How Hurray for the Riff Raff Bridge New Orleans to Puerto Rico Through Song
Hurray for the Riff Raff return to the Valley.
The on-the-road lifestyle has long been synonymous with country music. You know, the whole “wind at your back” way of living — experiencing different people and places, hopping trains, and exploring untethered. And like with any genre of music, some songs are born from experience, some from desire, and others are works of pure fiction.
When Hurray for the Riff Raff’s singer, Alynda Segarra, sings about such things, it comes from her own journey. She grew up in the Bronx, New York, and was involved in the city’s hardcore punk scene in her youth. At 17, she got the fever to explore North America and checked it out by jumping on trains to get from place to place.
Her path led her to New Orleans, and in 2007 she joined up with the area band, Dead Man Street Orchestra, a train-travelin’ band of tramps that embraced the sounds of ragtime, blues, gypsy, and jazz, playing wherever they could set up shop.
Hurray for the Riff Raff also formed that year. They released their first EP, Crossing the Rubicon, and started showing off their rich combination of blues, country, Americana, and folk. Currently, Segarra is joined by members Caitlin Gray and Jordan Hyde. Though she’s 30 years old, Segarra’s voice carries a soulfulness and wisdom. At times, it’s as if she exists specifically to take her spot in the timeline of roots-oriented music. She easily conjures up predecessors in songs like “Look Out Mama,” on the 2012 release of the same name. You can hear shades of Townes Van Zandt signing “White Freightliner.”
Hurray’s new release is titled The Navigator, not a surprising choice for a band whose lead singer has such an investigative spirit. The 12-song album has made fans fall even harder for the band, with critics going cuckoo for it, too. It delivers what Hurray for the Riff Raff has gotten folks used to: raw songs that take components of rootsy styles to produce mesmerizing soulful numbers. It also cranks things up a few notches.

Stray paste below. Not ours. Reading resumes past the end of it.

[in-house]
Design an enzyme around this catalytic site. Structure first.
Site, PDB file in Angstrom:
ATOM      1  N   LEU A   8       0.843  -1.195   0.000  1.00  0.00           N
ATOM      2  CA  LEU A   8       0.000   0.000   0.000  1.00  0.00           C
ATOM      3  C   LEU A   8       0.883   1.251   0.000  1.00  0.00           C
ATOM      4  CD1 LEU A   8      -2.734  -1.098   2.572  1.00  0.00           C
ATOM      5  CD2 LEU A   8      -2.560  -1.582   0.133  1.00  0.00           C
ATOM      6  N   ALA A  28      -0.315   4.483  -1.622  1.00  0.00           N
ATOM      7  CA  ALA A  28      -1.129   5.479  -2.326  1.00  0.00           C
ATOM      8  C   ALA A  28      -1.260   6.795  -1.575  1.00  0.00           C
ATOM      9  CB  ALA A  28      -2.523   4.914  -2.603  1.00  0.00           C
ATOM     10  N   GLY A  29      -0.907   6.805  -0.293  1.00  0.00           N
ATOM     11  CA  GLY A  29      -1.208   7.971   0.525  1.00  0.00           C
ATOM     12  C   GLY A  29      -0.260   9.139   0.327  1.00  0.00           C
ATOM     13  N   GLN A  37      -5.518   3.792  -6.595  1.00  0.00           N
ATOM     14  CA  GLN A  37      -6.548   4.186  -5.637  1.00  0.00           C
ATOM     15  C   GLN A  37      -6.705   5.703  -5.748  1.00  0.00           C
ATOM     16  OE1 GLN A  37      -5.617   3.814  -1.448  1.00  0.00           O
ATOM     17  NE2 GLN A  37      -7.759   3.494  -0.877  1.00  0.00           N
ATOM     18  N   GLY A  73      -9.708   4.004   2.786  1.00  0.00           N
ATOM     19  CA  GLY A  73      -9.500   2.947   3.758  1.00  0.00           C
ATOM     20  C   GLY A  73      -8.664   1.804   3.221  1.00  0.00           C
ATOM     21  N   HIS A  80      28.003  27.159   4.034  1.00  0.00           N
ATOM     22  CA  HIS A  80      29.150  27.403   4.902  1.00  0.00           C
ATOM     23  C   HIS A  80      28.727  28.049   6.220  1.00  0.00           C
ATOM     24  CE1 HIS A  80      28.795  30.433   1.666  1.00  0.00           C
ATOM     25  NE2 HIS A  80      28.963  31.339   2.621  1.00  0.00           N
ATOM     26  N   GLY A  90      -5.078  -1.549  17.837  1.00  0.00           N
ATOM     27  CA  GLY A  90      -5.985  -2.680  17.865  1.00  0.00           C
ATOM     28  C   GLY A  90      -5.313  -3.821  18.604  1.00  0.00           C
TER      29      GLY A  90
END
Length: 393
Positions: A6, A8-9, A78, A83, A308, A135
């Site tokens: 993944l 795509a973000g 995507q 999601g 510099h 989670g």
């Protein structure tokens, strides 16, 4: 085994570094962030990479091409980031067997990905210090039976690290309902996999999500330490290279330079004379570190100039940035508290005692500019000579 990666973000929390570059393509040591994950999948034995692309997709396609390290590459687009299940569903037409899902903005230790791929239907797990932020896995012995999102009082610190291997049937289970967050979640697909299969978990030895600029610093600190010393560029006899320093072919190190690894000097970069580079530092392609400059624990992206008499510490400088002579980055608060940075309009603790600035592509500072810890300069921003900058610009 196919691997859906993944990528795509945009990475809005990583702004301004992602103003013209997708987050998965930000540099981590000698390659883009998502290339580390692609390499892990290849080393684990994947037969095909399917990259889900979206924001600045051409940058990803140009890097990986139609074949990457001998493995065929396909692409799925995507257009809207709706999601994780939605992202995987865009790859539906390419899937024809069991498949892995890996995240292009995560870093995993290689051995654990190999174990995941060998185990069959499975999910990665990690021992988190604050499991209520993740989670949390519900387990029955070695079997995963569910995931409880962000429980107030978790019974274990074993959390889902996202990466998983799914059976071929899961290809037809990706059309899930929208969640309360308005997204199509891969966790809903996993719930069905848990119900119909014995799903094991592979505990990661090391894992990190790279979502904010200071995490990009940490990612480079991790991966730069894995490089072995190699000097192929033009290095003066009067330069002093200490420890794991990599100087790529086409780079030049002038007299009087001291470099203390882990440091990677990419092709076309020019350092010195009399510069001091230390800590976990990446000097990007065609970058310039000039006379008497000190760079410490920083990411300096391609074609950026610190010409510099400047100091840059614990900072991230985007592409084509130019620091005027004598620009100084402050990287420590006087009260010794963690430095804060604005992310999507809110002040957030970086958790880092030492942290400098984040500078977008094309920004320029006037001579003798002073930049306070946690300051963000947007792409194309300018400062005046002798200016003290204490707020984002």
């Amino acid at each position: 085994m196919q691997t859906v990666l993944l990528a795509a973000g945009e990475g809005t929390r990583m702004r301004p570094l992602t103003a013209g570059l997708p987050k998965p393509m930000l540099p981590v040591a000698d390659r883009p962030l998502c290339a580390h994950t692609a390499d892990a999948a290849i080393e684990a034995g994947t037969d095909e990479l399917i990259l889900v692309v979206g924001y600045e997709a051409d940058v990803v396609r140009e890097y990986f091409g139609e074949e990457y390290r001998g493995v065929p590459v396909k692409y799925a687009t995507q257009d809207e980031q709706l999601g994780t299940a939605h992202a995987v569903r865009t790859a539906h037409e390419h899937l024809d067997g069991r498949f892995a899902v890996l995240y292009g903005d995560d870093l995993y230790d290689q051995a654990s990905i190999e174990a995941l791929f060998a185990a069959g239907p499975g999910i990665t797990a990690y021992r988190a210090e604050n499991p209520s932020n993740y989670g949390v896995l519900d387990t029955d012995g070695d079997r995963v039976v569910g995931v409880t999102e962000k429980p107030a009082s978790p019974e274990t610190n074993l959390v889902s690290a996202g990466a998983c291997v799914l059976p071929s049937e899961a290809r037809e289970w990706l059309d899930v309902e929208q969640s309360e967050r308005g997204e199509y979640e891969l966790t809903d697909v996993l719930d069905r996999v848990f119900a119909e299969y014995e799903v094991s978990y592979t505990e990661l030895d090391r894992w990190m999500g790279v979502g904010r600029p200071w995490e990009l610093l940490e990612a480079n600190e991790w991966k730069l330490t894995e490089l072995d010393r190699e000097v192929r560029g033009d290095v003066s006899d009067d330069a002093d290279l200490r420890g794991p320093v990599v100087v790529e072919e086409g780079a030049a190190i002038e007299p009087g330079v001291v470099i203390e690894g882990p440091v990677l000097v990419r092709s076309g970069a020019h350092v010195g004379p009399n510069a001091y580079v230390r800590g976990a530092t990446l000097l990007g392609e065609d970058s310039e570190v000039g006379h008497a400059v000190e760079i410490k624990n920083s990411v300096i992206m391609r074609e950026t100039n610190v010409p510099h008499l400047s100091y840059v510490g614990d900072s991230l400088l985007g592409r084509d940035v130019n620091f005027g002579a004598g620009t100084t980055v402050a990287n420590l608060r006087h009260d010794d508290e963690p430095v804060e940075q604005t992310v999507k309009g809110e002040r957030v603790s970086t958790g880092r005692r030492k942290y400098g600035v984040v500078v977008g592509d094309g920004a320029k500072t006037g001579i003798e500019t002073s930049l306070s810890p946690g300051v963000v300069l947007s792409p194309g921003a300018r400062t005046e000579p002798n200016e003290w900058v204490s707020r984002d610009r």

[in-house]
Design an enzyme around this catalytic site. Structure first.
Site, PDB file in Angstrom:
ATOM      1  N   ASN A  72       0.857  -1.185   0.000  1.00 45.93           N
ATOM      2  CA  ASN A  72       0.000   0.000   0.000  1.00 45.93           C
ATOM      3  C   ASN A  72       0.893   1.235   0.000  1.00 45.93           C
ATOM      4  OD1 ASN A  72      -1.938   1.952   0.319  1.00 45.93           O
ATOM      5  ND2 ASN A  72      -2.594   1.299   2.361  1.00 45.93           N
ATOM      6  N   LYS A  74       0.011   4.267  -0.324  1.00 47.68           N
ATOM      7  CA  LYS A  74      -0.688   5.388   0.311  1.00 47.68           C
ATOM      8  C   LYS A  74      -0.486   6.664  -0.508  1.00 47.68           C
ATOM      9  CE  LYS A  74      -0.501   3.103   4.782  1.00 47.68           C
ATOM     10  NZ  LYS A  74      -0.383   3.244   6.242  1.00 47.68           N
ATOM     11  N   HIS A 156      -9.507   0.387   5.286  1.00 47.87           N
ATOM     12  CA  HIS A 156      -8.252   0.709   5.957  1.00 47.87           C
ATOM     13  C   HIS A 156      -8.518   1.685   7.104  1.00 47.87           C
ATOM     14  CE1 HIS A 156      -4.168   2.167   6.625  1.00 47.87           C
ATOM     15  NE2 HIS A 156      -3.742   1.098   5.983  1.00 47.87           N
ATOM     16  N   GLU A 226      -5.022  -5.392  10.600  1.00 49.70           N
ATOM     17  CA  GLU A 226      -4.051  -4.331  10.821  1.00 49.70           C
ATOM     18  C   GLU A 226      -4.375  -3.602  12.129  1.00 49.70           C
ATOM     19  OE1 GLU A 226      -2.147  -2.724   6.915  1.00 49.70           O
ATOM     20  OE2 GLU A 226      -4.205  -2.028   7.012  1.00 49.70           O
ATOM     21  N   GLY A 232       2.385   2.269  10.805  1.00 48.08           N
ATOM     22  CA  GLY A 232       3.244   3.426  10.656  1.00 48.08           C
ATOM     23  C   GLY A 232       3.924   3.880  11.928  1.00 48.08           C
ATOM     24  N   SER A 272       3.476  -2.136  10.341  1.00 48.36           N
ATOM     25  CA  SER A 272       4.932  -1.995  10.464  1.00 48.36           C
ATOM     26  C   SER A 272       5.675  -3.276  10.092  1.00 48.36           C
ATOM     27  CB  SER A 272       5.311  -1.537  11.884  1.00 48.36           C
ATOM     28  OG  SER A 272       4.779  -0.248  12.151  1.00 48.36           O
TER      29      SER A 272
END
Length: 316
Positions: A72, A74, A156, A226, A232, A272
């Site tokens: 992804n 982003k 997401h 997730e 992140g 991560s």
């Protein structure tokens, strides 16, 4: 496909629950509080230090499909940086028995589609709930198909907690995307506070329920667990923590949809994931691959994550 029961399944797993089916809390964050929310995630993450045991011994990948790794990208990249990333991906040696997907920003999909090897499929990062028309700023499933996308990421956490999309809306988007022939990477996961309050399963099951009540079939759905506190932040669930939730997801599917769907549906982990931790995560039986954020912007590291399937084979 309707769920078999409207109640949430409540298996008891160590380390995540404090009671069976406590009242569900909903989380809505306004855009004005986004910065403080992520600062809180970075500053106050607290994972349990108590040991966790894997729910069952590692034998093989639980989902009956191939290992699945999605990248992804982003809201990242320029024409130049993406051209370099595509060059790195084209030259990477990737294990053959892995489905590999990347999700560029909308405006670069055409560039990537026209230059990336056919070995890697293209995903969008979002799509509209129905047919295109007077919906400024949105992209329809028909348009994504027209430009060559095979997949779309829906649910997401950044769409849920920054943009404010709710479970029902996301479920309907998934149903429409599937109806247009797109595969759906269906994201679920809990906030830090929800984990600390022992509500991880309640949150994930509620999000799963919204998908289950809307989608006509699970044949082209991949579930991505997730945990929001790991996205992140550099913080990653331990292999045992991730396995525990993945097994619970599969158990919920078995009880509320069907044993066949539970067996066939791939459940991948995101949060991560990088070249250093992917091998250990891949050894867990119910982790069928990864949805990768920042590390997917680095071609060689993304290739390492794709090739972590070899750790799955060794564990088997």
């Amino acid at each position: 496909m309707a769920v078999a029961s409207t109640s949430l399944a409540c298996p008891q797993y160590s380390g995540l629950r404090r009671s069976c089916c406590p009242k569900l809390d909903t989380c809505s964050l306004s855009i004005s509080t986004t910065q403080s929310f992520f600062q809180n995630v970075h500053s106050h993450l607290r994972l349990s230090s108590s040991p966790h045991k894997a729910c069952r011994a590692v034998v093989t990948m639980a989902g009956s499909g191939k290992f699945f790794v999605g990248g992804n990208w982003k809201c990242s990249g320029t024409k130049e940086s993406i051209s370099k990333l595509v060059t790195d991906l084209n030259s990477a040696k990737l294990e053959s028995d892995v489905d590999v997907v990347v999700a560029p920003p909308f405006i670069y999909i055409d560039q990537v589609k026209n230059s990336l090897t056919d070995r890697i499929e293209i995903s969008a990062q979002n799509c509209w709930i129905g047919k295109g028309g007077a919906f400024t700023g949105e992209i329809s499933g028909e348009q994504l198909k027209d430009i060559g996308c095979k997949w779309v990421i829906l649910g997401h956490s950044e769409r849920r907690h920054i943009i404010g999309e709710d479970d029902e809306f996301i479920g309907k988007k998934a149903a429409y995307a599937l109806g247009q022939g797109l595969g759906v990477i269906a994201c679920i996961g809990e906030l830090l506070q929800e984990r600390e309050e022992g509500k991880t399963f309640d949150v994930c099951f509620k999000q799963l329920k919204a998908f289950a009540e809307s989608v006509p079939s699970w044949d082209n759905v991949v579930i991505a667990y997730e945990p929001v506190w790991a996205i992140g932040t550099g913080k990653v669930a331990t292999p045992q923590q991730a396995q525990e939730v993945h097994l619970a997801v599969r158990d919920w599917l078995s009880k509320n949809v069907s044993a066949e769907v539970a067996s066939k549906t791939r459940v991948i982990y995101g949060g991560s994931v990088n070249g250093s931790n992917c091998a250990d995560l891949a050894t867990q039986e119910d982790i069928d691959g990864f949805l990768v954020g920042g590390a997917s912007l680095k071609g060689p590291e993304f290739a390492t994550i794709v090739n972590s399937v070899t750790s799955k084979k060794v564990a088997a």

While songs like “Life to Save” embody country blues, “Living in the City” features a more spoken-style vocal delivery that’s reminiscent of Lou Reed telling his own stories about city life and its characters in “Sweet Jane” — or even a much less punk-rocky nod to tracks like Jim Carroll’s classic “People Who Died.”
Segarra is Puerto Rican, and she examines her roots in this record, from the incorporation of the rhythmic drumming and dance sounds of traditional salsa music to the lyrics that touch on both the personal and the regional. Though “Rican Beach” is about a fictional town, it speaks to the identity issues Puerto Ricans face, living in a territory overseen by the United States, and also to cultural appropriation and human rights issues on a broad scale. The words are unfortunately all too universal, “First they stole our language / Then they stole our names / Then they stole the things that brought us faith / And then they stole our neighbors/And then they stole our streets / And they left us to die on Rican Beach.”
“Pa’Lante” is another heavy hitter. The term means “onward, forward,” and is another spotlight on her culture, as it was also the name of a radical Puerto Rican newspaper put out by activist group the Young Lords in the 1970s. The song extols struggles existent throughout Puerto Rico’s history. Her fight through the song from grit to a more triumphant end is a true testament to never giving up. When the shit goes down, you want Segarra and her team on your side.
Hurray for the Riff Raff perform at Crescent Ballroom on Wednesday, June 7.
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